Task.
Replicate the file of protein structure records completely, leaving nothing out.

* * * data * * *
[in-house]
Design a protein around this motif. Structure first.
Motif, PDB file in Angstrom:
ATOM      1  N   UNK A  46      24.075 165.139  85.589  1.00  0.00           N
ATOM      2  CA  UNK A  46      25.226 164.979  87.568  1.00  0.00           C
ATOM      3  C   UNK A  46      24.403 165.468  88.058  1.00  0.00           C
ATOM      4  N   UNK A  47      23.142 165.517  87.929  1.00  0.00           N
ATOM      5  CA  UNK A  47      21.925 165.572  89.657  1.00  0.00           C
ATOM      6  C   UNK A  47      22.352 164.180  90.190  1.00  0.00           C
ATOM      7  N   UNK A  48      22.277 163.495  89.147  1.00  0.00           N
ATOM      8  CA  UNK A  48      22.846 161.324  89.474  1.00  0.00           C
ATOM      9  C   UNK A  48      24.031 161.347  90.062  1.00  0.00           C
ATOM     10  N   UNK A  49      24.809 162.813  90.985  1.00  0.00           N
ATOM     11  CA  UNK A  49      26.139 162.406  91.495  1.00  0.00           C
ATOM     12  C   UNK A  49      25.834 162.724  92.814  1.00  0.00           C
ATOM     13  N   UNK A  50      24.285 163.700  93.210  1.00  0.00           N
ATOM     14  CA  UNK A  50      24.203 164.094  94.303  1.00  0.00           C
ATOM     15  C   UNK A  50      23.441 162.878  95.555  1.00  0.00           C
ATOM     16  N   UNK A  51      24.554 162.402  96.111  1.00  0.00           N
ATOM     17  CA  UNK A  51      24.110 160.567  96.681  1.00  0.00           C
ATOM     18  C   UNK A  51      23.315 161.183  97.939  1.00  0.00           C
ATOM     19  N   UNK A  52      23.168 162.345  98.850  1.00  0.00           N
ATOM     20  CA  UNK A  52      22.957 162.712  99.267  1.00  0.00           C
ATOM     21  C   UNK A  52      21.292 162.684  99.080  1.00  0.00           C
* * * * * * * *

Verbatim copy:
[in-house]
Design a protein around this motif. Structure first.
Motif, PDB file in Angstrom:
ATOM      1  N   UNK A  46      24.075 165.139  85.589  1.00  0.00           N
ATOM      2  CA  UNK A  46      25.226 164.979  87.568  1.00  0.00           C
ATOM      3  C   UNK A  46      24.403 165.468  88.058  1.00  0.00           C
ATOM      4  N   UNK A  47      23.142 165.517  87.929  1.00  0.00           N
ATOM      5  CA  UNK A  47      21.925 165.572  89.657  1.00  0.00           C
ATOM      6  C   UNK A  47      22.352 164.180  90.190  1.00  0.00           C
ATOM      7  N   UNK A  48      22.277 163.495  89.147  1.00  0.00           N
ATOM      8  CA  UNK A  48      22.846 161.324  89.474  1.00  0.00           C
ATOM      9  C   UNK A  48      24.031 161.347  90.062  1.00  0.00           C
ATOM     10  N   UNK A  49      24.809 162.813  90.985  1.00  0.00           N
ATOM     11  CA  UNK A  49      26.139 162.406  91.495  1.00  0.00           C
ATOM     12  C   UNK A  49      25.834 162.724  92.814  1.00  0.00           C
ATOM     13  N   UNK A  50      24.285 163.700  93.210  1.00  0.00           N
ATOM     14  CA  UNK A  50      24.203 164.094  94.303  1.00  0.00           C
ATOM     15  C   UNK A  50      23.441 162.878  95.555  1.00  0.00           C
ATOM     16  N   UNK A  51      24.554 162.402  96.111  1.00  0.00           N
ATOM     17  CA  UNK A  51      24.110 160.567  96.681  1.00  0.00           C
ATOM     18  C   UNK A  51      23.315 161.183  97.939  1.00  0.00           C
ATOM     19  N   UNK A  52      23.168 162.345  98.850  1.00  0.00           N
ATOM     20  CA  UNK A  52      22.957 162.712  99.267  1.00  0.00           C
ATOM     21  C   UNK A  52      21.292 162.684  99.080  1.00  0.00           C